View Full Version : Tired of war, but wary of what comes next

05-06-09, 08:18 AM
Tired of war, but wary of what comes next
Some in Baghdad see increase in attacks as an anomaly, but others are more concerned
By Heath Druzin, Stars and Stripes
Mideast edition, Wednesday, May 6, 2009

BAGHDAD — In the creeping heat of the Iraqi spring, war-weary residents of the capital are looking uncertainly to the future amid a spate of bombings, including at least two car bomb explosions Monday that appeared to target the minister of oil in Baghdad’s Rusafa district.

"Right now it’s a dangerous time," said Salah Nadir, manager of a medical clinic on the outskirts of the volatile Shiite stronghold of Sadr City.

After a period of relative calm, a series of bombs has killed scores of people in Baghdad and in neighboring Diyala province, raising fears of a return to the ethnic bloodshed of recent years and leaving some people doubting the capability of Iraqi security forces.

The blasts have killed mostly civilians, and two of the biggest blasts were in the heart of Sadr City, an area off-limits to U.S. troops as part of a cease-fire agreement between followers of radical Shiite cleric Muqtada al-Sadr and the Iraqi government. But April was also the deadliest month for U.S. troops this year, with 19 deaths reported, according to icasualties.org, a Web site that tracks war casualties.

Three Iraqis were killed and eight injured in Monday’s attack, in which at least two car bombs detonated near the Ministry of Oil building, according to U.S. military officials.

‘An inside job’

U.S. military officials downplay the potential for renewed sectarian violence, but many Iraqis still distrust their security forces, with the worst marks given to local police, and recent bombings have deepened that dissatisfaction. Ineffectiveness and infiltration by insurgents are the two most common complaints, and worries are aggravated by an impending U.S. pullback from Iraqi cities. Some U.S. military officials are especially concerned about the unstable city of Mosul, in northern Iraq.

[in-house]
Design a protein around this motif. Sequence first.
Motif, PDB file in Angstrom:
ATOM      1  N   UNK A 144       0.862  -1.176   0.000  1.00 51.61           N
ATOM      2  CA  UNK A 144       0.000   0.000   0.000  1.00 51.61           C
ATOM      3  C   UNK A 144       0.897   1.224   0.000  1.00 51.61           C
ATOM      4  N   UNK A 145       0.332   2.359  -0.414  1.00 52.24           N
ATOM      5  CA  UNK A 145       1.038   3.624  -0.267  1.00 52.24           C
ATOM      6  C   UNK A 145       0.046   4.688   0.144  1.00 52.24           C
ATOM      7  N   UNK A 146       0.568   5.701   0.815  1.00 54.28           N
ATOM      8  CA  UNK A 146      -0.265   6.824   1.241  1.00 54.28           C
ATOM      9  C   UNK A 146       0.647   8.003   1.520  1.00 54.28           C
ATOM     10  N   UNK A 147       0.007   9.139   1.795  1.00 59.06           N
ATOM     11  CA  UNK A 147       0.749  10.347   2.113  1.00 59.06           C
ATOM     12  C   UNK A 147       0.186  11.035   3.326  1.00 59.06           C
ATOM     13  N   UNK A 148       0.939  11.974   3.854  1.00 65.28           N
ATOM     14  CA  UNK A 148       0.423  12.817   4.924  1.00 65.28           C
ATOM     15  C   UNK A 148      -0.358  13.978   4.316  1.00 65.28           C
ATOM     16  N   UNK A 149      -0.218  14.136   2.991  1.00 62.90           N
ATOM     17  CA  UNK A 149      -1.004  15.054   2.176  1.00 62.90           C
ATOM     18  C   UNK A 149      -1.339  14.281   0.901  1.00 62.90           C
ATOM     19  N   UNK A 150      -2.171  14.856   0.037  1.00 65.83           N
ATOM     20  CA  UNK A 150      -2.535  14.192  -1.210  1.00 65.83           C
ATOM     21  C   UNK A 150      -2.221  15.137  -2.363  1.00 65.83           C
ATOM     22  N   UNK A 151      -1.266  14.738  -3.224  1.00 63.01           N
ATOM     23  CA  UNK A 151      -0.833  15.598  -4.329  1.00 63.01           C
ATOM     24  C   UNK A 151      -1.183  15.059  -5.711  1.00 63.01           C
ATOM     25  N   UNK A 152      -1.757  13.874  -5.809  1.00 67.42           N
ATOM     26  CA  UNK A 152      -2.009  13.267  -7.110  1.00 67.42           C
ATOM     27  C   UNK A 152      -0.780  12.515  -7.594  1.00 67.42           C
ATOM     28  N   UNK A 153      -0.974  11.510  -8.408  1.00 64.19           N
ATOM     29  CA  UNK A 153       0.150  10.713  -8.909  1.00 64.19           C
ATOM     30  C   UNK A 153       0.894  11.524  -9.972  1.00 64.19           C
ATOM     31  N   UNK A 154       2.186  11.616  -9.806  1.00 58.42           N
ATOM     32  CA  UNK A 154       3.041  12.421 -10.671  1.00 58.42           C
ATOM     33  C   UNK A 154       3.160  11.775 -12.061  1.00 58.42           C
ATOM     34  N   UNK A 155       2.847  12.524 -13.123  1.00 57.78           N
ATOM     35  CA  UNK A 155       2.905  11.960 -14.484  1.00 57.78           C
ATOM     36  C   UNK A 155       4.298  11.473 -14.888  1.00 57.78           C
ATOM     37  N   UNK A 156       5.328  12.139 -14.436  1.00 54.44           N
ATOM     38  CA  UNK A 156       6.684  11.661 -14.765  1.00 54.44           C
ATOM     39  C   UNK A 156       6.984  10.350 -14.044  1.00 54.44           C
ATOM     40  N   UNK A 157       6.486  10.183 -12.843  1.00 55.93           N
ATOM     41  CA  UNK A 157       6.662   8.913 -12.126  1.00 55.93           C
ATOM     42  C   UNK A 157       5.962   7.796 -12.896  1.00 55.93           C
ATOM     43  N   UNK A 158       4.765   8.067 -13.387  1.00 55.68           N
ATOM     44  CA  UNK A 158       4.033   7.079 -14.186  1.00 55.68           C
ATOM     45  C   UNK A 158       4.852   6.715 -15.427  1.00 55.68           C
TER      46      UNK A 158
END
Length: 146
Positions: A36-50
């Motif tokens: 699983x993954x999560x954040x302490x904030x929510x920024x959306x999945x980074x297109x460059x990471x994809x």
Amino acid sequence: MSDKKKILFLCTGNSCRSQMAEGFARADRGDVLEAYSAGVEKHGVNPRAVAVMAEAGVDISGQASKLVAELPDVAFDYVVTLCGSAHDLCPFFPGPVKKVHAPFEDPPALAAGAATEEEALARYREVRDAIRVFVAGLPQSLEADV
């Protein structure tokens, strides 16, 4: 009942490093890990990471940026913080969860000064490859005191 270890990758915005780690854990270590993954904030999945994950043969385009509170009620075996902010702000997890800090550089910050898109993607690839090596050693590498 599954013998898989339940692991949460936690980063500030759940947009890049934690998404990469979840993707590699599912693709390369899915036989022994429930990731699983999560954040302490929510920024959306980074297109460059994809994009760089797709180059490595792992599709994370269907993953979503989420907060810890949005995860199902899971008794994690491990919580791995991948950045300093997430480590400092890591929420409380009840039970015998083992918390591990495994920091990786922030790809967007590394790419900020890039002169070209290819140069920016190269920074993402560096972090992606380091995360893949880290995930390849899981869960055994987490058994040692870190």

Despite the recent violence, there has been nothing like the sectarian bloodbath that left thousands dead during 2006 and 2007, but a return to such fighting is still a specter many residents of Baghdad deeply fear.

"It’s an inside job — there are thugs in the security forces," Hussein Ali, a 43-year-old welder, said of the recent bombings.

Muhammed Saad, who mans a sandal stand in northeast Baghdad, fears insurgent attacks will bring a return to sectarian bloodshed.

"They are trying to bring [Iraq] back to what it was like before," he said.

Samawao Haidar Abbas, chairman of the Basateen Neighborhood Advisory Council, echoed the views of several Iraqis interviewed for this article when he pointed to the surge in violence as evidence of ineffective Iraqi security forces.

"These things make us not trust the future," he said. "The car bombs — people question how they slip in and get into the cities."

Some Iraqis, though, see the recent violence as an anomaly.

Akil Ibrahim, a shop owner in the Adhamiyah neighborhood, said he used to close his store at 4 p.m. for fear of attacks, but now he stays open after dark with no worries.

"Now our families can go outside, be on the streets, go to restaurants," he said.

Violent crime persists

American military commanders and troops say they are confident the spike in attacks will not spiral out of control. Secretary of State Hillary Rodham Clinton, too, has said there is no indication Iraq is slipping back into sectarian violence.

Lt. Col. Tim Karcher, of the 2nd Battalion, 5th Cavalry Regiment, 1st Cavalry Division, who oversees operations on the outskirts of Sadr City, said the sad reality is that an ultraviolent recent history has left Iraqis steeled for bloodshed.

"Unfortunately, the people of Iraq can accept a couple (of bombings)," he said. "It’s when it’s a couple every day."

While American forces point to much-reduced violence, mostly in the number of insurgent bombings and shootings, rampant violent crime still plagues the city between headline-grabbing attacks. Kidnappings for ransom, often a lucrative racket for insurgent groups, are still commonplace, as are bloody street crimes such as a recent string of jewelry heists that left seven Iraqis dead.

The weariness can be seen in the eyes of Naeema Ahmed, whose 4-year-old grandson was recently snatched from his front yard as the boy watered the garden. The kidnappers want $50,000, an impossible sum for most Iraqis. Ahmed has already had one son kidnapped and killed.

"I can’t sleep, thinking about this child," she said, tears welling in her eyes.

Karcher, on his third deployment to Iraq, said he is optimistic about Iraq’s future but understands the despair some Iraqis feel.

"It’s really hard to believe it’s all going to work out when you’ve seen the level of violence these folks have seen," he said.